It may not be a big deal for some but it was a huge milestone for me.
Often while giving talks about autism during the Q&A period someone asks me how autism still impacts me today. While I used to be nonverbal, most of my issues today are not communication based. Most of my issues today revolve around getting frightened by surprises (when someone comes up from behind me and puts their hands over my eyes and says ‘guess who’) and dealing with fine motor challenges. To this day it’s still often difficult for me to get my tie right and to use buttons.
An example of a milestone I often share is when a huge milestone occurred for me being able to tie my shoes. It wasn’t an easy process. Years of struggling to tie my shoes led me to wearing Velcro sneakers and slip on dress shoes. I always pushed myself though seeing my peers accomplishing this task and wanted to prove to myself that I could do it too.
My parents helped me practice using boards with a picture of a shoe on them with shoelaces sticking out of them. I would practice the steps over and over and would take that practice to tying my own shoes. It was a great day the first time I was able to do it successfully and I still remember that moment to this day.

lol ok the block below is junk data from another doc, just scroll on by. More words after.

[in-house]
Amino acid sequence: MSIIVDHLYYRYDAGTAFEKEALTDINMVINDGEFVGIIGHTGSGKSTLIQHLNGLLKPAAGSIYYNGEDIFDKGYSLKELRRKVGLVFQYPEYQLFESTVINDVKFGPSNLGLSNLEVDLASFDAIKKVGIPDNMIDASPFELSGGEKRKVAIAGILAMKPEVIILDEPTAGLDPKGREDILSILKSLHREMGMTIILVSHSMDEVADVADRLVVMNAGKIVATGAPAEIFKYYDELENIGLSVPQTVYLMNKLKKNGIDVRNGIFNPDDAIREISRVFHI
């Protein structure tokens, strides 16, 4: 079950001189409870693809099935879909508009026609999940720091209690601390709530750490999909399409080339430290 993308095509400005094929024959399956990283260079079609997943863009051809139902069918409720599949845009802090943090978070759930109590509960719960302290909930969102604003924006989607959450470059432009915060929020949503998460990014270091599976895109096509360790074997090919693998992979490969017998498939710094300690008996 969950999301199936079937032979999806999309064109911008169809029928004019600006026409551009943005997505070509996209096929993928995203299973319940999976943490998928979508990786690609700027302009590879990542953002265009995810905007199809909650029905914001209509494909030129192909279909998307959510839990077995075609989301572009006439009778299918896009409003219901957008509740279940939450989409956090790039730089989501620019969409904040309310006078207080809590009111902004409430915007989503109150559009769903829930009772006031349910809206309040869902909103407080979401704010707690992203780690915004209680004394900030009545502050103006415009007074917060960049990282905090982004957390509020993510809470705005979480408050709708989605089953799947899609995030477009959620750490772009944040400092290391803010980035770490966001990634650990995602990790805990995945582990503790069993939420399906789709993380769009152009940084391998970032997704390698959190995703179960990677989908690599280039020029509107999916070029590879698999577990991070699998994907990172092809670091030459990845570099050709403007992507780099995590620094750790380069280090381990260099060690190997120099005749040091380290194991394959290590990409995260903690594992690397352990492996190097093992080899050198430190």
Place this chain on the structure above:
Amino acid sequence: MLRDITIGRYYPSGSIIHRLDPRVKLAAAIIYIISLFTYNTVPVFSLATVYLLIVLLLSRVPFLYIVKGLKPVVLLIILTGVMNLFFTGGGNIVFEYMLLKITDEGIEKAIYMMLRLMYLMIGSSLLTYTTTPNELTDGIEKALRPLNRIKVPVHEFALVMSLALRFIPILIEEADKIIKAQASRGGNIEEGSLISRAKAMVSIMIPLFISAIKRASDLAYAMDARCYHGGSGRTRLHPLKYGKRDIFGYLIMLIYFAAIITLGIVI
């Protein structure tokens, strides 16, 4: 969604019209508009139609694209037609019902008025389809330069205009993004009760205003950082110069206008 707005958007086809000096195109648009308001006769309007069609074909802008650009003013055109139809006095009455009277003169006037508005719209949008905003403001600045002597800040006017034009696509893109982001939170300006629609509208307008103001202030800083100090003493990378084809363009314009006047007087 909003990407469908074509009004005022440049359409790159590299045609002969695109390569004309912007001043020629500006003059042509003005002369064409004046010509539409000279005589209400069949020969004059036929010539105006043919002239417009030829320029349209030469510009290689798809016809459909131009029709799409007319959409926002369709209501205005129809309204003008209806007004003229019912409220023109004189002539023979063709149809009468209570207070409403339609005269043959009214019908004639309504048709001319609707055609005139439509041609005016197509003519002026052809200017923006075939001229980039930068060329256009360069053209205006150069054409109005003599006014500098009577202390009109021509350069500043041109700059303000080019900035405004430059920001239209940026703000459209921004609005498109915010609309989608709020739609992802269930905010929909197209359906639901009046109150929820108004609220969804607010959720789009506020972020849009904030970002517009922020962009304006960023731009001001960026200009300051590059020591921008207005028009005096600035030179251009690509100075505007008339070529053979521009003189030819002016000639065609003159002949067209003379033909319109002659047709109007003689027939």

As a professional speaker today I’m often approached with similar struggles for their kids. My advice is to take your time during situations like these with your loved ones. It needs to be a supportive process to make sure they don’t feel discouraged. If/when that milestone comes though cherish it. We need positive reinforcement during these moments.
My parents were so proud of me for being able to tie my shoes that day and the days to come when I bought new shoes that had laces on them for the first time.
I only hope this a milestone all of your loved ones will be able to reach in the future.
My name is Kerry Magro, a professional speaker and best-selling author who is also on the autism spectrum that started the nonprofit KFM Making a Difference in 2011 to help students with autism receive scholarship aid to pursue a post-secondary education. Help support me so I can continue to help students with autism go to college by making a tax-deductible donation to our nonprofit here.